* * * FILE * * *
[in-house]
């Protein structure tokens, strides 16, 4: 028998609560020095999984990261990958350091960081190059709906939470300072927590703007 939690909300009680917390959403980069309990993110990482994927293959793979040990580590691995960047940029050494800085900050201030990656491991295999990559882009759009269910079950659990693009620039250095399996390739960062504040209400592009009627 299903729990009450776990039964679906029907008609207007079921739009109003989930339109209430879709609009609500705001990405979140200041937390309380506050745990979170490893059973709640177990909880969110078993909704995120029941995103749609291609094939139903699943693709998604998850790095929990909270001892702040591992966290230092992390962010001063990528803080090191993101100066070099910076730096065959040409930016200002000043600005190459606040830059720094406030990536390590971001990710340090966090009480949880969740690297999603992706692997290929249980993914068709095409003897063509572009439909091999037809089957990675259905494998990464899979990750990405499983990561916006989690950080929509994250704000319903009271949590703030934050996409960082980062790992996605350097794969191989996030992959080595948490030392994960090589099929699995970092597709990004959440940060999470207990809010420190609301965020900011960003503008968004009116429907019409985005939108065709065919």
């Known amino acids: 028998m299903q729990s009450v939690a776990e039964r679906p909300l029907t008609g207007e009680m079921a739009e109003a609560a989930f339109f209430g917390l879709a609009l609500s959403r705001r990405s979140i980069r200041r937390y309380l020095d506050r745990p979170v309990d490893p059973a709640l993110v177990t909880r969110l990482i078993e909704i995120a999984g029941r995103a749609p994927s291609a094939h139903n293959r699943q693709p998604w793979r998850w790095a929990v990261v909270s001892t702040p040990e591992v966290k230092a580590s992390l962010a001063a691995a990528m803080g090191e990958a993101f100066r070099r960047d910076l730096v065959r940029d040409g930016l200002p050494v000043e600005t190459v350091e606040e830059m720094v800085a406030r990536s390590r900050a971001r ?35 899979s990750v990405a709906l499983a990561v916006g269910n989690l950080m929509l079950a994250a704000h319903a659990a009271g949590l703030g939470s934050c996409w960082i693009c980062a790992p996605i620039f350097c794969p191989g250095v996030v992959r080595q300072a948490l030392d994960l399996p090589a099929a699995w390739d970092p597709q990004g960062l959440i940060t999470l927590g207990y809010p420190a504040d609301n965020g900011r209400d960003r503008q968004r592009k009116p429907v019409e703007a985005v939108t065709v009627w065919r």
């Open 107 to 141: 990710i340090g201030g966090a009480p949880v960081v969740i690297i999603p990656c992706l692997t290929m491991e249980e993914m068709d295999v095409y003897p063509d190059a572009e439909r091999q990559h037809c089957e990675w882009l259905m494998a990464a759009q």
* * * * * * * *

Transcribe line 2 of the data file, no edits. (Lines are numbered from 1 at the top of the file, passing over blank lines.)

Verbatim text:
């Protein structure tokens, strides 16, 4: 028998609560020095999984990261990958350091960081190059709906939470300072927590703007 939690909300009680917390959403980069309990993110990482994927293959793979040990580590691995960047940029050494800085900050201030990656491991295999990559882009759009269910079950659990693009620039250095399996390739960062504040209400592009009627 299903729990009450776990039964679906029907008609207007079921739009109003989930339109209430879709609009609500705001990405979140200041937390309380506050745990979170490893059973709640177990909880969110078993909704995120029941995103749609291609094939139903699943693709998604998850790095929990909270001892702040591992966290230092992390962010001063990528803080090191993101100066070099910076730096065959040409930016200002000043600005190459606040830059720094406030990536390590971001990710340090966090009480949880969740690297999603992706692997290929249980993914068709095409003897063509572009439909091999037809089957990675259905494998990464899979990750990405499983990561916006989690950080929509994250704000319903009271949590703030934050996409960082980062790992996605350097794969191989996030992959080595948490030392994960090589099929699995970092597709990004959440940060999470207990809010420190609301965020900011960003503008968004009116429907019409985005939108065709065919």